The bottom line here is since some carriers already completely rape customers for $3 for a S***** ring tone, and they don't want customers putting data of any sort - including music - on their phones themselves, unless they're paying unbelievable fees to do so through the carriers network, no one will support this phone (unless it's a smaller carrier, or Motorola ends up crippling the phone, such as happened with Bluetooth on Verizon with the Motorola v710).

    This is extremely frustrating, but the carriers want to be the ones to sell the songs, and not for $0.99. And DEFINITELY not letting people put MP3/AAC songs they might already own on the phone. They want to sell songs for $3/each, or more, and be the ONLY way a customer can put music on the phone.

  1. mjpaci

    Joined: Dec 1969

    0

    Verizon

    There was an article/interview in Wired a few months back regarding Verizon's take on moving data to/from a handset. Verizon believes that anything going to/from your phone should go through their network. This is why Bluetooth capable telephones sold through Verizon only use Bluetooth for headsets. They want the revenue generated by moving bits over their network.

    It's all about guaranteed revenue streams.

    --Mike

  1. cmoney

    Joined: Dec 1969

    0

    Get a clue

    If there's anyone who's got fewer clues than the music industry it's the telecom industry, mobile and wireline both. I will never give money to any company with "Verizon" in its name ever again.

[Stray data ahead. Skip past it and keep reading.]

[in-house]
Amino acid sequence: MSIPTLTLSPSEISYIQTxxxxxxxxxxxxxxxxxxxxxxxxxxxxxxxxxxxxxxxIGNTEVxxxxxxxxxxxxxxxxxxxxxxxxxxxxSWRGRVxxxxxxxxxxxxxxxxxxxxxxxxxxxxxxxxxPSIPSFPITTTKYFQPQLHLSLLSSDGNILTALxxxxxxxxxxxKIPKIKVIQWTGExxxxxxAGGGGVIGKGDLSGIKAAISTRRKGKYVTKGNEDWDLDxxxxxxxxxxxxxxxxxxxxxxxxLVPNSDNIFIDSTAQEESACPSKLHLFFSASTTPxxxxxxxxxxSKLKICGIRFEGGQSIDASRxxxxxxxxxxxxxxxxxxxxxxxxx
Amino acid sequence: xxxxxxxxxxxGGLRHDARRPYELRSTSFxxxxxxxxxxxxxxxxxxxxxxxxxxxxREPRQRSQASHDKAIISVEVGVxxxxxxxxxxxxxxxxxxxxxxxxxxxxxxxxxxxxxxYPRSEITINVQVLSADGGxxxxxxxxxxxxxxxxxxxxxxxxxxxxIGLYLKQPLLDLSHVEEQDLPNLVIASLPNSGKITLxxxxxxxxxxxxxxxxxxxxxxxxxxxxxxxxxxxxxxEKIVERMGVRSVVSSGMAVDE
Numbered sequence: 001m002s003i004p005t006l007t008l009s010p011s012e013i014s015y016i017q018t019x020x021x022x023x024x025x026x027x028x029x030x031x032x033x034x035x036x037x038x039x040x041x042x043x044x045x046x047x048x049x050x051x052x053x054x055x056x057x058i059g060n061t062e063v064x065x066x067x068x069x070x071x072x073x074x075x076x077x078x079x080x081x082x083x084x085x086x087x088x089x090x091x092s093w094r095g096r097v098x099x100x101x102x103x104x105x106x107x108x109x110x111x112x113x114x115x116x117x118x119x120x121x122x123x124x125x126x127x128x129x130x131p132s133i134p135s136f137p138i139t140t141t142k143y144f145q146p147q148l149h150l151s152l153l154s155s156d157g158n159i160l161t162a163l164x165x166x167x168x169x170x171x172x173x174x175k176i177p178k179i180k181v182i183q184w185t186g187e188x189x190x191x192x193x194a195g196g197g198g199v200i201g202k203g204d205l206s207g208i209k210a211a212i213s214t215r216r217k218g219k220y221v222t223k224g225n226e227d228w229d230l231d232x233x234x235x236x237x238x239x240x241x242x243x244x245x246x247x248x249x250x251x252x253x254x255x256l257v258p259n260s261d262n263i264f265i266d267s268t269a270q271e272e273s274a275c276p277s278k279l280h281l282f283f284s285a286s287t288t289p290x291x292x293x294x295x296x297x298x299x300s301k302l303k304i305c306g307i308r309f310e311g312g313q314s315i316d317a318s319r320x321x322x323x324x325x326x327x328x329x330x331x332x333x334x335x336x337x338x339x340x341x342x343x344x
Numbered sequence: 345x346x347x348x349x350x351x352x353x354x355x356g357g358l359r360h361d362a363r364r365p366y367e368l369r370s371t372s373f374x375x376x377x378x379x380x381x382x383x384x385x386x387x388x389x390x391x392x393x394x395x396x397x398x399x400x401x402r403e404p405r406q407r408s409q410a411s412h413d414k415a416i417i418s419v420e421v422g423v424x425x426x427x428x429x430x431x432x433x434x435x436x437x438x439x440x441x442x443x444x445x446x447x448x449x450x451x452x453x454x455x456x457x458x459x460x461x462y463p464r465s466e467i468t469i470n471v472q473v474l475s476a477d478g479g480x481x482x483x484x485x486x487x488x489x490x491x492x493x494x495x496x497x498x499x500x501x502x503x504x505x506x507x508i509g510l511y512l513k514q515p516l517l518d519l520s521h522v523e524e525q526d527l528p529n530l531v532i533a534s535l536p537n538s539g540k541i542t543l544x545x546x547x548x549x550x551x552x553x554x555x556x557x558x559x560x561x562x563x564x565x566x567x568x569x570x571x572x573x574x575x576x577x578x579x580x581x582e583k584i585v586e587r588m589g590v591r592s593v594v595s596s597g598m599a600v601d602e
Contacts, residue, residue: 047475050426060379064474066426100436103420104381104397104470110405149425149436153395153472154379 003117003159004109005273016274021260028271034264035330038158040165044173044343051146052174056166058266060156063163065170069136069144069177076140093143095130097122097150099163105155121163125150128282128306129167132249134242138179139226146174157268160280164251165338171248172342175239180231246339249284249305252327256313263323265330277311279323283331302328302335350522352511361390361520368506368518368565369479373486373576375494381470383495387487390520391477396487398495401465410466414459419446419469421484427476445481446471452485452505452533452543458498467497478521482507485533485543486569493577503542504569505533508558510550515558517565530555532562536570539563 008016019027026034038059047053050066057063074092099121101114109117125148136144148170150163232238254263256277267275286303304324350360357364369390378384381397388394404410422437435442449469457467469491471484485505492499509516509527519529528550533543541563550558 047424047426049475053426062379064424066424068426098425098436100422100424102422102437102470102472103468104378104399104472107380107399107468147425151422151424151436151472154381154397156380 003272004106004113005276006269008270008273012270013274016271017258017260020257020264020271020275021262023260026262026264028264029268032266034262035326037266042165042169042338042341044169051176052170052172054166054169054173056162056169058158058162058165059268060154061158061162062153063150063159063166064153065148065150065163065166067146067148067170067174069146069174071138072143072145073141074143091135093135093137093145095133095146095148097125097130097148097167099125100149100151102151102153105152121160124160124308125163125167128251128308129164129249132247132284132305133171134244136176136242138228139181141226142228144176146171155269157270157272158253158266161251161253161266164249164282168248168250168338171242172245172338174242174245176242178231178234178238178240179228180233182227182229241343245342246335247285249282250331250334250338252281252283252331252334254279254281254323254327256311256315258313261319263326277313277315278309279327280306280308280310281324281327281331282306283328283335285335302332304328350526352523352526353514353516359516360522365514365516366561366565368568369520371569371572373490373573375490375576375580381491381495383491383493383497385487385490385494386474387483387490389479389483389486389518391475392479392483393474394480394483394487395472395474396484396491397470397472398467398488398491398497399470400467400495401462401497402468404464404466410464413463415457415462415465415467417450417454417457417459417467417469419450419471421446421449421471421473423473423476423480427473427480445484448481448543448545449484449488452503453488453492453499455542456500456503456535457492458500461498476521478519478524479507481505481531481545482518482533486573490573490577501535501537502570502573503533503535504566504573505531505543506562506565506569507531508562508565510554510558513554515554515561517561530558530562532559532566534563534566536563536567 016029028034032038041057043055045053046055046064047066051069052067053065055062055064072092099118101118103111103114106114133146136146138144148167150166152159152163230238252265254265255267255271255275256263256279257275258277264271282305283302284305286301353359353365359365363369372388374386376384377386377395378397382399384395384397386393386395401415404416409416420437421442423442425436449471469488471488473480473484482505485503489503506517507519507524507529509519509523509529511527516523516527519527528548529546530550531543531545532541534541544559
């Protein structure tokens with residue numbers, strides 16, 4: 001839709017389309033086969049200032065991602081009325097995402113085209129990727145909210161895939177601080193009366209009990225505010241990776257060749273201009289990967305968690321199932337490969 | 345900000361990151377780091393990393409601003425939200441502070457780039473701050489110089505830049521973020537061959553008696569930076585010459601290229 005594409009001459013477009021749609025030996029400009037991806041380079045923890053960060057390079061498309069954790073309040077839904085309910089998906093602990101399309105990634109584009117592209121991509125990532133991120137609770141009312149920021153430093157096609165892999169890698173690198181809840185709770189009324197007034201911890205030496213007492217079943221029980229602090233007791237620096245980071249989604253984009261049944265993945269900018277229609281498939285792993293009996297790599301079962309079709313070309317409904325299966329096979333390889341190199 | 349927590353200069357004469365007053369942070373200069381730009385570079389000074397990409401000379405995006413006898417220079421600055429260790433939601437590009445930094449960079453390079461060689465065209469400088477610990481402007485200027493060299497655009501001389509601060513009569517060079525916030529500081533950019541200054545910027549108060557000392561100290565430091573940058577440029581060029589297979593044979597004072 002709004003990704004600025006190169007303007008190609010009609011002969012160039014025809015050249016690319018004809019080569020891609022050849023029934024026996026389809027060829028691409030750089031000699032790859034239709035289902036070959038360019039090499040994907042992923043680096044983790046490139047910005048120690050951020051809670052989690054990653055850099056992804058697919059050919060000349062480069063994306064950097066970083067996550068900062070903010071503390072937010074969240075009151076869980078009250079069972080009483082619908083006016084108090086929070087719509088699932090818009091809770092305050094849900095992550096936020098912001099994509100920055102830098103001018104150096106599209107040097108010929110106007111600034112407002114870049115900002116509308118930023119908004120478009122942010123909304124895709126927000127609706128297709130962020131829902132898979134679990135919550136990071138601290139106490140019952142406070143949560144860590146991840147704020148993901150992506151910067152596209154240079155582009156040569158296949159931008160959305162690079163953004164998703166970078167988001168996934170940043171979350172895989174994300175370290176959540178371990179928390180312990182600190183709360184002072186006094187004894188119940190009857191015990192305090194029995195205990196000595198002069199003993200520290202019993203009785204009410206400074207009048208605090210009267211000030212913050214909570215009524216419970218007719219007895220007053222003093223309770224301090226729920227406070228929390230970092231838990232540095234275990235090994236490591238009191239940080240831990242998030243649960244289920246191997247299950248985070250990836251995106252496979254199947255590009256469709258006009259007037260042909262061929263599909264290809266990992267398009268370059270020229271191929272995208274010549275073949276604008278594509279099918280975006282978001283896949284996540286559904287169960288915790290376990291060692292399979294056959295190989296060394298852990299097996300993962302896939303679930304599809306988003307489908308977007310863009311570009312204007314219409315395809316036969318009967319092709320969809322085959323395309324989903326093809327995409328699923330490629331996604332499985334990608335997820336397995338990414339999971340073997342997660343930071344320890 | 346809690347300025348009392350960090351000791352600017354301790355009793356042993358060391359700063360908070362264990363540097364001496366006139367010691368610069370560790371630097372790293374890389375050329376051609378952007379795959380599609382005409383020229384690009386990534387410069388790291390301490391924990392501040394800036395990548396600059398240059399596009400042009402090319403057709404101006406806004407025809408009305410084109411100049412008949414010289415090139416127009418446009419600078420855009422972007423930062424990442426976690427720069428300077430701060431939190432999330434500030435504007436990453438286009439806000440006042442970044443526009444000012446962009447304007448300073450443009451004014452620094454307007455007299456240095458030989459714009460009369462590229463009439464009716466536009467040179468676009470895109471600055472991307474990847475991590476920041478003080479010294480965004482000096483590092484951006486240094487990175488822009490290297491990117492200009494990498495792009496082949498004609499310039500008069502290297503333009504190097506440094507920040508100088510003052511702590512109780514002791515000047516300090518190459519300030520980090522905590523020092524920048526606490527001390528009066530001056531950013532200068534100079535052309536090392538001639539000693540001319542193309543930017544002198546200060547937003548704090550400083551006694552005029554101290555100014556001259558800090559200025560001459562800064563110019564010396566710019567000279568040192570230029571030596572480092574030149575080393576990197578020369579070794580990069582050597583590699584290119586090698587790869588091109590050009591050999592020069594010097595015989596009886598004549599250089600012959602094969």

And Motorola has actually released a phone that's playing into Verizon's hands, software rental and all. http://www.phonescoop.com/news/item.php?n=1147 So Motorola doesn't lose a thing because they're covering all ends of the spectrum. The only way they'll push the iTunes phone is if they see $$$ in offering it. If it jeopardizes sales of other phones to these big carriers they'll pull out or limit the market to Europe or Asia.

    If that's the game the big cell carriers want to play I guess I'll never have a single device to carry around. I won't be playing by their rules and neither will anybody I can influence.

  1. mytdave

    Joined: Dec 1969

    0

    Carriers - wake up

    I for one will never buy a phone that has been "crippled" from any carrier. My current phone has full bluetooth functionality - if it did not, I would not have purchased it.

    I will not be taken advantage of and I will not use my money for a phone/carrier who restricts access to the device I own.

    Needless to say, I don't buy ring tones. Further, I will never pay a carrier to buy music or video clips, or other content. The amount I pay them now for air time/bandwidth is sufficient.

    Any phone that cannot have files directly transferred to it or from it via bluetooth, infrared, or wired will never, ever receive a second thought from me.

    If carriers want to get into the content provider market, fine, build a media outlet that can compete on its merit, just like everyone else. Don't lock out content from other sources or "cripple" my phone in any way.

    Any carrier that behaves badly (like Verizon) will not get my business.